- Michael Layman
“I am finding that art is not something that you just do, it’s who you are,” he says via email.
Currently, he makes art out of Florence, where he’s an inmate at the U.S. Penitentiary, serving a five-year sentence for drugs and possession of a firearm. It’s not his first time in prison — he says he’s spent three-fourths of his life behind bars. But, hopefully, art will help this be his last sentence.
Layman’s part of a program called the Creative Arts Platform (CAP). It was started in 2014 by employees of the Federal Bureau of Prisons (BOP), inspired in part by programs like Arts in Corrections, run by the California Department of Corrections. CAP’s a combination of art therapy and vocational training, both helping inmates express themselves healthily in a tense environment, and preparing them to engage with the business side of the arts world once they get out.
“I got involved with the CAP program when I was approached by the chaplain’s assistant [Justin] Reddick, who I worked for at [U.S. Penitentiary] Florence...” says Layman, adding that he holds Reddick in high esteem. Reddick has a storied career as a painter, best known for works he’s described as “visual diaries,” mostly shown in Pueblo, his former home. So Layman fully expected a sound arts education. But the therapy side caught him off guard, and at first, he was reluctant to stick with it. He’s glad he did — he says it’s given him a more positive way to cope with his problems and something positive to focus on as he serves his sentence, complementary to his faith.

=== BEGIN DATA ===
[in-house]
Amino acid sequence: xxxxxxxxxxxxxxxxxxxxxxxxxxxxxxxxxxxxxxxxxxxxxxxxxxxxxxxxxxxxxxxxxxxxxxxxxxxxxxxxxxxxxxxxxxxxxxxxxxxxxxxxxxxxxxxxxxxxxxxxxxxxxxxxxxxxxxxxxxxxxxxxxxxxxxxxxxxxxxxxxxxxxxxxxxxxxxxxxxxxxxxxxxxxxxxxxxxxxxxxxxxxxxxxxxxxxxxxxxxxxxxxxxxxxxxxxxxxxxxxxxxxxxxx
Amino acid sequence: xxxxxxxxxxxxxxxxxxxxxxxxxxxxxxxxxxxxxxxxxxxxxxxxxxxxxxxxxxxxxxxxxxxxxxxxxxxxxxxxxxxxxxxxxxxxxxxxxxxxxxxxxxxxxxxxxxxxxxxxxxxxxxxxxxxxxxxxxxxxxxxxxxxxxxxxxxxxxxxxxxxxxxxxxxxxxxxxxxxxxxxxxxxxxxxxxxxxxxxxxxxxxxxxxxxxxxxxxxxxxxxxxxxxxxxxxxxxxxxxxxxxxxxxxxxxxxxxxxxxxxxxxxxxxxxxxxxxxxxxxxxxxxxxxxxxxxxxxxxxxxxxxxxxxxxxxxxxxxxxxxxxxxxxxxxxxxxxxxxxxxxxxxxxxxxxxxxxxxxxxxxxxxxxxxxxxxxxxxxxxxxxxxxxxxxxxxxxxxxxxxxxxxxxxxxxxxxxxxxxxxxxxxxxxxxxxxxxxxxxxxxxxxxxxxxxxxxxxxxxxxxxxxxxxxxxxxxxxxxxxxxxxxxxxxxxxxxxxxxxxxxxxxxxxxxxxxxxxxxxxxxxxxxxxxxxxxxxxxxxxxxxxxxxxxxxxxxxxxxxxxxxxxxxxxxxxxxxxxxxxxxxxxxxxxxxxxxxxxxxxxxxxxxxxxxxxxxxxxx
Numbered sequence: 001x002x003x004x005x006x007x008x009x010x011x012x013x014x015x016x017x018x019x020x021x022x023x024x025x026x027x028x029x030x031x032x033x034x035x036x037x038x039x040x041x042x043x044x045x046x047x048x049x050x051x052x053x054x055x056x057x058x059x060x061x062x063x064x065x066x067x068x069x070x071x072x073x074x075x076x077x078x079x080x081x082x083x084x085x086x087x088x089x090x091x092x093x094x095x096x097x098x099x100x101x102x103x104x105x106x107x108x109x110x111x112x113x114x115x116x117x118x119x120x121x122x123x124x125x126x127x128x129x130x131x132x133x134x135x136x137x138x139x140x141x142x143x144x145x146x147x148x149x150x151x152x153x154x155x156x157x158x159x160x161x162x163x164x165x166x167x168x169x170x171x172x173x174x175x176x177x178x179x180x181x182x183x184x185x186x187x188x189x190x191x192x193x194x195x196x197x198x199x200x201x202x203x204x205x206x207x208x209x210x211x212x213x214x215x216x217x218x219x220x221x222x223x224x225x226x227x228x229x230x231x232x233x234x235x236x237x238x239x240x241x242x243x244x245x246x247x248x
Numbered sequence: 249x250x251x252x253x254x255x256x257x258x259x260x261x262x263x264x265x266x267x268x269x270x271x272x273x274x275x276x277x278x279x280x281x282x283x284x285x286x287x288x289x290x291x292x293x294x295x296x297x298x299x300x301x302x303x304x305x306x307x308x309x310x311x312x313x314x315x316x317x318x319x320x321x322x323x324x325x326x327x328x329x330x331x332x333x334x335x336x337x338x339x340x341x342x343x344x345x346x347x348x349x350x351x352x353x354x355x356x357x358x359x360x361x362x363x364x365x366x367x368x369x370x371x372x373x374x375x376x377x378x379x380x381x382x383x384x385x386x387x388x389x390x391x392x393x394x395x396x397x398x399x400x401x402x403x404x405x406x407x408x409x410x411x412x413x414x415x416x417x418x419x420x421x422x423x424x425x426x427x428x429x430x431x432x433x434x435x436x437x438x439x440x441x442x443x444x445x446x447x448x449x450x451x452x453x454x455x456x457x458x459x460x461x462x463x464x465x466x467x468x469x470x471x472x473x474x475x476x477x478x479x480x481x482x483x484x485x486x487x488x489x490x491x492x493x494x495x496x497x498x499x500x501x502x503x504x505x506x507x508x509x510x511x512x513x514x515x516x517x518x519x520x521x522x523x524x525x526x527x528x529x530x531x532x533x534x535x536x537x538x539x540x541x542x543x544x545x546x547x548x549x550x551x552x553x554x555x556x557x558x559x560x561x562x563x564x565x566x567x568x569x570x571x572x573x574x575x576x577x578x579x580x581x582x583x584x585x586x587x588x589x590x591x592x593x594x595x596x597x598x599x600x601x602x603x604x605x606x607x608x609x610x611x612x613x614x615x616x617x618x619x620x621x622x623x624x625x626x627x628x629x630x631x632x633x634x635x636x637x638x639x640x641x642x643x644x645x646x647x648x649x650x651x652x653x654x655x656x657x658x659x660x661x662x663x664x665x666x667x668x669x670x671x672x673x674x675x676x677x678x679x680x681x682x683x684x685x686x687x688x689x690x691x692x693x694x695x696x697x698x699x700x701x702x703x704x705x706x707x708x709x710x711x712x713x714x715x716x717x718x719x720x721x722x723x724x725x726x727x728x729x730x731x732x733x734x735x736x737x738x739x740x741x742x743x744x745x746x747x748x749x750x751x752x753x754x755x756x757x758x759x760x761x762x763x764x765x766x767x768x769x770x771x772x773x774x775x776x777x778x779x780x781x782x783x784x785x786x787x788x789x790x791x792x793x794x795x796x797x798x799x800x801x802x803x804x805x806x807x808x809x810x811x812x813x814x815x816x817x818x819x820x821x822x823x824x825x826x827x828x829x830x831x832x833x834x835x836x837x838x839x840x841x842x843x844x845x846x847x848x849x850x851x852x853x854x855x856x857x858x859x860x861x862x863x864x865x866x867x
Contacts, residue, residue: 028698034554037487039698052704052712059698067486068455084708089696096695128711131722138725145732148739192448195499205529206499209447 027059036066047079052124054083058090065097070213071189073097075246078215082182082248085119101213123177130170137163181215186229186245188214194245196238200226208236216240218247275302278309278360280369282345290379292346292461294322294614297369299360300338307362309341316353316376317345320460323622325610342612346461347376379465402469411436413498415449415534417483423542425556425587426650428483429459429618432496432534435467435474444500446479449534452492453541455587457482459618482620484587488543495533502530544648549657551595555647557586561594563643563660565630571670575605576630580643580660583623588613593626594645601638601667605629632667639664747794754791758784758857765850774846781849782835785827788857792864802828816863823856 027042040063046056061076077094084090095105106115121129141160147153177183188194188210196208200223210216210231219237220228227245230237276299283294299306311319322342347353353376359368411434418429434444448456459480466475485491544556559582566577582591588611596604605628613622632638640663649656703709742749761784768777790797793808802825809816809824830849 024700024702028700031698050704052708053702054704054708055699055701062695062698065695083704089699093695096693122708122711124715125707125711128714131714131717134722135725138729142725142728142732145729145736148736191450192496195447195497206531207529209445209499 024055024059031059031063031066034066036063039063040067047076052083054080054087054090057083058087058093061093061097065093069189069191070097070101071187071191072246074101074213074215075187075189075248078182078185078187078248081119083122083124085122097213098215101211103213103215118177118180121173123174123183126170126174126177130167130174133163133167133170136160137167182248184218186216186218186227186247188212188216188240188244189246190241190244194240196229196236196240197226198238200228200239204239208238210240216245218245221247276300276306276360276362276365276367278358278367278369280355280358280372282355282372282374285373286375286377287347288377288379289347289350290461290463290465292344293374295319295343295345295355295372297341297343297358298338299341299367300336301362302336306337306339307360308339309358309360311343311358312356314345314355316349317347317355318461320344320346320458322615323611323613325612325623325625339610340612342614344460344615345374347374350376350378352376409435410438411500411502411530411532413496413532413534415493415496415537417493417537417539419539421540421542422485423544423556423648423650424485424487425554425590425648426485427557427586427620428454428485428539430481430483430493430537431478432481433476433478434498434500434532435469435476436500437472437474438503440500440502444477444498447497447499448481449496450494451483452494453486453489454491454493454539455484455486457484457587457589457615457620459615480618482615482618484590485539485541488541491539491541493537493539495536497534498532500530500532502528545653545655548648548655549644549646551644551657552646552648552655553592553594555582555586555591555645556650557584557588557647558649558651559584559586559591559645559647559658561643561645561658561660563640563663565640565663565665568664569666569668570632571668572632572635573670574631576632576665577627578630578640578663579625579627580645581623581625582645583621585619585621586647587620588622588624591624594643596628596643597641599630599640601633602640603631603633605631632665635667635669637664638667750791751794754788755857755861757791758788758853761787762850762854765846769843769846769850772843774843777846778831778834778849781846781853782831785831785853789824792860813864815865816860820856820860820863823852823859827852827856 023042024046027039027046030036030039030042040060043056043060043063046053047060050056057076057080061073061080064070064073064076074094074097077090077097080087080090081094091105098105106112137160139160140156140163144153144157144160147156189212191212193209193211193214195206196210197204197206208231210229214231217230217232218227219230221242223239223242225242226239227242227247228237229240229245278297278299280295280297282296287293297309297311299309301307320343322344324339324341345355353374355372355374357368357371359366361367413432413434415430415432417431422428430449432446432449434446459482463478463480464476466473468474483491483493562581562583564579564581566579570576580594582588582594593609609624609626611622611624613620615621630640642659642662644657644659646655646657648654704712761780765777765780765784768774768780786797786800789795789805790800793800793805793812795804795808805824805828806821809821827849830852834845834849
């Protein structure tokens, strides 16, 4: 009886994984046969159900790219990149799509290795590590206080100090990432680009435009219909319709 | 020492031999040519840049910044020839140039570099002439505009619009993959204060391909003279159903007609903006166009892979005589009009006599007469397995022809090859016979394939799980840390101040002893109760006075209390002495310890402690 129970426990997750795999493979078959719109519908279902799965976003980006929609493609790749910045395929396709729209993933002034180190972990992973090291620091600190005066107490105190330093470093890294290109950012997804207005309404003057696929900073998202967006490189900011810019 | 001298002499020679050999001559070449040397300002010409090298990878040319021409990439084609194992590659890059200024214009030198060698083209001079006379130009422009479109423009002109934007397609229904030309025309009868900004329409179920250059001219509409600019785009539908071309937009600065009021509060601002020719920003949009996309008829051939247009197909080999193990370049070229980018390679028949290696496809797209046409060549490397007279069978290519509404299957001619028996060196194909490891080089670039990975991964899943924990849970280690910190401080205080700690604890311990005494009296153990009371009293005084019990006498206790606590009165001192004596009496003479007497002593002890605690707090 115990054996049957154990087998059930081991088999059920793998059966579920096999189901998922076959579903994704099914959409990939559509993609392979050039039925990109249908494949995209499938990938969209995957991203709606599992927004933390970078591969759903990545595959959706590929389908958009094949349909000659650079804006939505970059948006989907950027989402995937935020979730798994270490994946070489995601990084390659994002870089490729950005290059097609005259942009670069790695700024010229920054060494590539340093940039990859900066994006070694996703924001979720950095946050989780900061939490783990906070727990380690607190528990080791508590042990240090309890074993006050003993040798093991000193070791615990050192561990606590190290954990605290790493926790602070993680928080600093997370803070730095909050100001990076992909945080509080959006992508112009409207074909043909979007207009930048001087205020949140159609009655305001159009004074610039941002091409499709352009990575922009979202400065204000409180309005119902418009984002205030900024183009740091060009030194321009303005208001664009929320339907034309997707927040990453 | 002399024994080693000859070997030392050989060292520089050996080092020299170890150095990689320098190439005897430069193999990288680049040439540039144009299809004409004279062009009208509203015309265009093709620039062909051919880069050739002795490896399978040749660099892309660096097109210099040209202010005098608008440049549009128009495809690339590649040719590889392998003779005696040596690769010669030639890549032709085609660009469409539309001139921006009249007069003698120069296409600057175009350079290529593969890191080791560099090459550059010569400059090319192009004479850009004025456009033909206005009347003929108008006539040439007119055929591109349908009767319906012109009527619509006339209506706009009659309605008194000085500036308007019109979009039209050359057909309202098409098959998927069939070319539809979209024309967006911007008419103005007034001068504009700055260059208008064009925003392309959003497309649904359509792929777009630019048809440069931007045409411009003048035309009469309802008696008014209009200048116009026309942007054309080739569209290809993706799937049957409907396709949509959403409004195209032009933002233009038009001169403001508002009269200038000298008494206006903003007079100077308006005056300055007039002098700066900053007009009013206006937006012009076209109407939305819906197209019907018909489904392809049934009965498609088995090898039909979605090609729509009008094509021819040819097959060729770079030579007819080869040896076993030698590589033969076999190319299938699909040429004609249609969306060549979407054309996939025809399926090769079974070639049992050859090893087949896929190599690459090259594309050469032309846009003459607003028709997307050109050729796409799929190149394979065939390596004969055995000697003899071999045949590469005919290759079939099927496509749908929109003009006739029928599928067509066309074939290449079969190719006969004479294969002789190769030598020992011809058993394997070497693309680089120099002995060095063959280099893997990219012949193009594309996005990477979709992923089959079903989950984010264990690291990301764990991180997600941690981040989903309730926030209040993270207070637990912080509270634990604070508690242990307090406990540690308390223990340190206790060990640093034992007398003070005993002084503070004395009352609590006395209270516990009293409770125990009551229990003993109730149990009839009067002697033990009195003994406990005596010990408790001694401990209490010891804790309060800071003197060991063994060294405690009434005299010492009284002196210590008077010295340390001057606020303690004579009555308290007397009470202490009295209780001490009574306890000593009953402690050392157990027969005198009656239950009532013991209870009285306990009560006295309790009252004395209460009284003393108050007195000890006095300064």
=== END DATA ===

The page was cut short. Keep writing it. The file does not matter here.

“This program opened a floodgate of emotions and creativity that I was unaware existed,” he says. “It helped me see things in a completely different way, and to express what I was feeling inside. It brought me healing and a form of freedom that cannot be taken from me.”